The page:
WiFi LAN - The wireless network I have in my home. Another /24, also tagged
PUB - A "public" traffic network. This is defined as traffic that goes between the FUMBBL servers and the Internet. Again, another tagged /24.
BCK - A "backend" traffic network. This is traffic that goes between the different servers (database queries, traffic between the FFB server and the website, etc). As with the others, this is also a tagged /24.
MGM - A "management" traffic network. This is used by me to do maintenance tasks, such as logging into the servers over SSH and copying files between machines. This is another /24 and runs tagged within the server network, and untagged outside (pretty much strictly to LAN Switch 1 in the diagram above) because the WiFi Access Point I use can not be managed on a tagged network. I may end up unifying this somewhat at some point later as it's not as clean as it should be. Possibly by tagging it all the way and configuring the port that the Access Point is connected to configured to strip that particular vlan id when it's sent out.
Within the server rack that houses the servers, I'm mostly using separate physical equipment for each of these networks. Servers have multiple network cards to correspond with each of these networks. The Ethernet and WiFi LAN networks are running tagged though, as Deeproot simply doesn't have enough network cards available to use (5 of them in the machine). The cable running from the server switch to LAN Switch 1 is a trunked connection that carries both the LAN networks and the management network. Similarly, the cable between LAN Switch 1 and LAN Switch 2 is trunked to carry Ethernet LAN and MGM. My own computer is connected to LAN Switch 2, where I need access to the management network.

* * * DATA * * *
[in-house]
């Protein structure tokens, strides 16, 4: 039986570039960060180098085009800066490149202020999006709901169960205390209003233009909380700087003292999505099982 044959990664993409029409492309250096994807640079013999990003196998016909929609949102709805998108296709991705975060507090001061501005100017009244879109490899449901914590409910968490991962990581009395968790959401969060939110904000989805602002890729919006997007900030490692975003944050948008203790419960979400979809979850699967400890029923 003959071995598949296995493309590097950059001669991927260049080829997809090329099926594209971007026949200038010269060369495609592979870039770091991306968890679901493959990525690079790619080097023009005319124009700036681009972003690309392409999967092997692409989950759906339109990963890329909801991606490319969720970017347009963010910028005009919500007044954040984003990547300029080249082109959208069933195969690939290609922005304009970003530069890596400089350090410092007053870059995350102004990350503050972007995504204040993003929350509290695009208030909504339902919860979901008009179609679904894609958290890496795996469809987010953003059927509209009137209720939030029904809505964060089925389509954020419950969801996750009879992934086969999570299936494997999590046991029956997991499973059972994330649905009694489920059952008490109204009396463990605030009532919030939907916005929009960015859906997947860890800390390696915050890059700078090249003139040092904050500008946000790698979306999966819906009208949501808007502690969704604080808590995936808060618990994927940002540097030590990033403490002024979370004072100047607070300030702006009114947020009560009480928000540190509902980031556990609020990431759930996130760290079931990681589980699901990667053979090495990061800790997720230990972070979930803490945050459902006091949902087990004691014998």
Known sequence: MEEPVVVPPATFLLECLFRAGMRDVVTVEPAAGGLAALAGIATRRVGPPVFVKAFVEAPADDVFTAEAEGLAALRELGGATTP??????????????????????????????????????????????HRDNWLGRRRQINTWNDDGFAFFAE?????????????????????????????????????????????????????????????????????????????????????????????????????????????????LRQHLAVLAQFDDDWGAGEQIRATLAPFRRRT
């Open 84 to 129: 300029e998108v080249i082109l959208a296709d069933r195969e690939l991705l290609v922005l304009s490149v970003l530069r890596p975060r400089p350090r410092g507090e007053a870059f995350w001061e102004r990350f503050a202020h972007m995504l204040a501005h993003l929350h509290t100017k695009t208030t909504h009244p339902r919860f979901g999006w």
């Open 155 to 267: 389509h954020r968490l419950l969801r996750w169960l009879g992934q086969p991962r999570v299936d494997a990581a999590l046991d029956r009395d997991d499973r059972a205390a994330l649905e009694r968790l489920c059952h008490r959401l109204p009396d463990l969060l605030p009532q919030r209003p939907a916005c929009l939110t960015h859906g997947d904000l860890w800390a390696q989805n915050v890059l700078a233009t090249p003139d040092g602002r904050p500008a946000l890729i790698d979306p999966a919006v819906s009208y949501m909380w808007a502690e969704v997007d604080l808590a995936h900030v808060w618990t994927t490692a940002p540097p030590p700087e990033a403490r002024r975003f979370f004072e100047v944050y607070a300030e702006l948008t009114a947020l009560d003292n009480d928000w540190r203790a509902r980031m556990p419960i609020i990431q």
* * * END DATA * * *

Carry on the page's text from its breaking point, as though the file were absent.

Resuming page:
In detail, the network equipment I use is (all supporting gigabit speeds):
Server Switch: NetGear GS724T, a 24 port "Smart Switch"
LAN Switch 1: Ubiquiti UniFi Switch 8 POE-150W, an 8 port "fully managed" switch with POE (power over ethernet) support.
LAN Switch 2: NetGear GS108Ev3, an 8 port smart switch.
Access Point: Ubiquiti UniFi AP-AC-Pro, Power over Ethernet enabled access point (e.g. Wifi device).
Management: Ubiquiti UniFi Cloud Key, a small device which allows easier access to management of the UniFi devices.
There are also a couple of "dumb" NetGear switches in the network, which mainly extend the ethernet LAN to various devices around the "FUMBBL HQ" :)
I am considering changing some/all of the switches from NetGear to Ubiquiti. The administration and configuration system is vastly better than what NetGear offers. This would give me better control over the network as a whole. I may also add a boundary firewall outside the pfSense setup at some point.
Either way, in order to give you a clear view of the different networks, I'll leave you with a diagram I've put together which shows which servers are connected to which network(s). For privacy reasons, this leaves out details on the LAN (and a few of the devices connected there. The image is intended for a page on the site that I use to view traffic (based on SNMP, another topic entirely) between the different machines.
If you read this far, feel free to write a comment below if you found this interesting. :)